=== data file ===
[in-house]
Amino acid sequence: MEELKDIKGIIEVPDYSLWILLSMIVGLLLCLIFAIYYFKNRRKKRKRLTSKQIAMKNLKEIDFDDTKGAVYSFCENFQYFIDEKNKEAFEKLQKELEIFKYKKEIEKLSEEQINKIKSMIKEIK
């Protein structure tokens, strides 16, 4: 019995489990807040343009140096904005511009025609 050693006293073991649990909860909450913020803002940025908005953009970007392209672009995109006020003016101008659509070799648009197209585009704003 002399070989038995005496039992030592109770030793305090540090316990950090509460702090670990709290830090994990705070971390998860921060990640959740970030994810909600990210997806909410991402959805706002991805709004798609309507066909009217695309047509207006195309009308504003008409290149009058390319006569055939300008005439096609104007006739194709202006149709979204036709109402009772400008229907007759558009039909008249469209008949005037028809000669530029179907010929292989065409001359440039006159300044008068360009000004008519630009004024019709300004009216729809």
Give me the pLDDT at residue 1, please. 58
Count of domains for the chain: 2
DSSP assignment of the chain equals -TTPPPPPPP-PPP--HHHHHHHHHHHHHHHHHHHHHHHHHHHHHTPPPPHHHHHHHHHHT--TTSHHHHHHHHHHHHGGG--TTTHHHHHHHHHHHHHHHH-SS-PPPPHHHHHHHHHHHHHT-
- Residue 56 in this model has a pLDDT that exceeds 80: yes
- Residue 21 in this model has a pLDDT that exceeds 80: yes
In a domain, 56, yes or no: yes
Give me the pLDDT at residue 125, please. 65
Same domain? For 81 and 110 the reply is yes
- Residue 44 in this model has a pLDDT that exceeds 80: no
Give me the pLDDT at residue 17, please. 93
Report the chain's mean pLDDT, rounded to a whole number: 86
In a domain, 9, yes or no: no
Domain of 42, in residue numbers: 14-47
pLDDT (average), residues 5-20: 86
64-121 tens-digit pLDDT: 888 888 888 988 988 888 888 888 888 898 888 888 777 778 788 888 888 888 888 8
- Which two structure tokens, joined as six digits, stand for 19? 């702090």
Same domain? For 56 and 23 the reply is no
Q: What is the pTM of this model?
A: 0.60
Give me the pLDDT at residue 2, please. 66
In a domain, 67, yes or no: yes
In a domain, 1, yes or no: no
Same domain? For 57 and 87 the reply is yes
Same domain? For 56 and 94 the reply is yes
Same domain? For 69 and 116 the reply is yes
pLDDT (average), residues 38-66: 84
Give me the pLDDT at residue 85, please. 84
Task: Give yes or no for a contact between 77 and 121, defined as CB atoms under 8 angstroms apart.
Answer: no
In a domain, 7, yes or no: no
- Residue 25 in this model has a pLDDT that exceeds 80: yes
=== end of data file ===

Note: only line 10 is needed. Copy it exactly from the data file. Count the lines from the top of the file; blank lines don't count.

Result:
Give me the pLDDT at residue 125, please. 65